Wednesday, May 27, 2020

Are Churches Essential?

There is a debate going on among American Christians about whether or not churches are “essential.” It was prompted by the president’s announcement over Memorial Day weekend that churches were indeed essential and should be allowed to open their doors for physical in-person worship services in all fifty states “this weekend.”

Then the president promptly went to Virginia to play golf on Sunday morning instead of going to church. I guess church worship is not essential for him, at least not as essential as a round of golf. I do not begrudge the president a bit of recreation. He works hard and deserves a break. But his announcement would have carried much more weight if he practiced what he preached.

Back to the question at hand. Are churches essential? Well, that depends. I am an every-Sunday church-goer, but I have gotten along just fine these last couple of months without stepping through the doors of a church building. I have worshiped with my church via the internet every Sunday morning and have been very inspired by the services.

Of course I miss being in church and look forward to the day I can return. But it is not essential to my spiritual life to do so while an “invisible enemy” (as the president described COVID-19 this weekend) stalks our land killing thousands of people. Protecting the lives of the most vulnerable Americans is more essential. Keeping the church doors closed for a little longer is the best way for the church to fulfill the divine command to “love your neighbor as yourself.”

The way I see it, keeping people safe is the godliest thing that the church can do at this time. By remaining closed temporarily the church is demonstrating its willingness to sacrifice its own welfare for the good of others. That is what the gospel is about. Perhaps this pandemic is a test to see if the churches also practice what they preach.

What about the issue of religious liberty? That seems to be the rallying cry of protesters who are insisting that churches be allowed to “open.” As a Baptist I am a life-long champion of religious liberty, but I don’t see this as the issue during this pandemic. I see no orchestrated campaign by godless Democrats or the Deep State to take away our right to worship, using the pandemic as a convenient excuse to do so. That sounds like a conspiracy theory.

Instead I see governors and mayors trying to keep their people safe by restraining people from assembling in large numbers, especially indoors where the coronavirus is most easily transmitted. Furthermore church attenders tend to be significantly older than the general population, which makes congregating even more dangerous for them.

If there is a conspiracy going on, I would guess that the call to reopen churches is an attempt by godless conservatives to kill off as many Christians – and Jews and Muslims - as possible as quickly as possible. At the same time these devious conspirators have somehow convinced Christians that they are doing them a favor by urging them to enter closed buildings and spew out virus-filled saliva droplets while singing and preaching loudly. Very crafty! Of course I don’t really believe there is such a conservative conspiracy, just as I don’t believe that power-hungry, anti-religious liberals want to outlaw Christian worship.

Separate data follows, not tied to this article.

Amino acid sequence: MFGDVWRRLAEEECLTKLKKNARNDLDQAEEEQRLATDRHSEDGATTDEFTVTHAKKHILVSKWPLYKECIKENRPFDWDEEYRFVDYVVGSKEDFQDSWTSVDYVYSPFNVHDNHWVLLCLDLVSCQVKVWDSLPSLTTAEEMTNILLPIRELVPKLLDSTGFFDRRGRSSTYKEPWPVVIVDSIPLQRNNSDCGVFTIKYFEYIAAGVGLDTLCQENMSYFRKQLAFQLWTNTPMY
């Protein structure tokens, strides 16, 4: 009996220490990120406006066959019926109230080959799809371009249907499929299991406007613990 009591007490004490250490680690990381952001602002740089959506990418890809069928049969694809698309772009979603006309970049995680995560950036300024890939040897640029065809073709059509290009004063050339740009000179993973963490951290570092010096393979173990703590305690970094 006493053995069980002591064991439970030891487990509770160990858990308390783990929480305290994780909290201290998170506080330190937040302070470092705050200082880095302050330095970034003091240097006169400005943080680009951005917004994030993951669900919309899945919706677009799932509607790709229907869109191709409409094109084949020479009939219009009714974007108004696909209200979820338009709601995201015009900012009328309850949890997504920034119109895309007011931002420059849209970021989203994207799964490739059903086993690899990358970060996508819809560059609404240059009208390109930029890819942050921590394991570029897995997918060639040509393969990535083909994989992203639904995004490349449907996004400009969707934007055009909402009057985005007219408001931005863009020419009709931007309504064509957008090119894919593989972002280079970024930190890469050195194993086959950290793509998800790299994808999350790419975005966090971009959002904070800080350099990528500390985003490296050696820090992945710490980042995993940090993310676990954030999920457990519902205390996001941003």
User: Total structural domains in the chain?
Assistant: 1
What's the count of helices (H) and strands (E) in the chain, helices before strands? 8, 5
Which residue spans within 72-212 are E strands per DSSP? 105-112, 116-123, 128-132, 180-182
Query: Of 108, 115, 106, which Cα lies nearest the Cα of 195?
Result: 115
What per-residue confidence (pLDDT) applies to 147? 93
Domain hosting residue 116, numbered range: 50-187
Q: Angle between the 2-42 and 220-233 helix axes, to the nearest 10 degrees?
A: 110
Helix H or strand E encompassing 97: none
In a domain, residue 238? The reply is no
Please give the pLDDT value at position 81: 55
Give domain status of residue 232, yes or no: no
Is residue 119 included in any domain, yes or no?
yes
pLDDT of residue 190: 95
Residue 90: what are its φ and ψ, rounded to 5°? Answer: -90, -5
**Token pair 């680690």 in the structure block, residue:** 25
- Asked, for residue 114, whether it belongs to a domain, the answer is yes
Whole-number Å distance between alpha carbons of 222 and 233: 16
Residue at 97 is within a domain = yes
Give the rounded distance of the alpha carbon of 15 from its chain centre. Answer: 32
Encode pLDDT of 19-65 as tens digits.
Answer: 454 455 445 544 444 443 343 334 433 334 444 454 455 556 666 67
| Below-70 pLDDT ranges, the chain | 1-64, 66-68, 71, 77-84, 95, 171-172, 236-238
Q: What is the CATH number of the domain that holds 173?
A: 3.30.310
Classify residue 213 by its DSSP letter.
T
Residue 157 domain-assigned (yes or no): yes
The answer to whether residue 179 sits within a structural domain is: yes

Once again, are churches essential? Not in the way the president has proclaimed. All the Christians I know can get by for a few more weeks or months without singing hymns and taking communion together. Neither is it financially essential for churches to meet in person. If money is the reason, all the congregants have to do is mail their offerings or give online.

But in a deeper sense church is essential to me spiritually. It is essential that I be part of a community of faith and not go it alone, like so many of my “spiritual but not religious” contemporaries. I need to be physically part of a church. But until that day arrives I would rather be part of a church that is willing to sacrifice itself in order to save the lives of fellow Americans. That is the least that Christians can do to serve our God and our country.

1 comment:

happi said...

Thank you Marshall for a clear and sensible essay. As Social Animals we humans are energized by being with our fellow humans whether at a football game or Church service. The great difficulty of the isolation that combating the Pandemic has forced upon us is the separation from our fellow humans - family, friends, acquaintances, strangers. We long for it and look forward to the return of the society we knew. Albert Schweitzer said, "All religion is based on a sense of community and a sense of awe. Zoom, phone and other means help but the gathering with our fellow humans to praise the Lord and pray for our wishes,is sorely missed. In both our religious and ordinary social contact we gather strength and this is sorely missed. But it is a cost of defeating this disease. A cost that is a difficult but necessary sacrifice. But our God is everywhere. God is part of our daily existence. Always available. Always present for us to gaze at with awe. The wonder of God will fill our lives wheneever and wherever we choose to take advantage of the opportunity always present. The social aspects of worship are comforting. The spiritual aspects, the incomprehensible idea of God and our relationship with Him is the foundation and root of our spiritual lives. We need no building. God doesn't live there though He lives among us as we gather to worship. Wherever we are, whenever we choose, as the Psalmist says, "Be still, and know that I am God". Thanks again Marshall, ffor pointing out so well that religion is not a building. Happi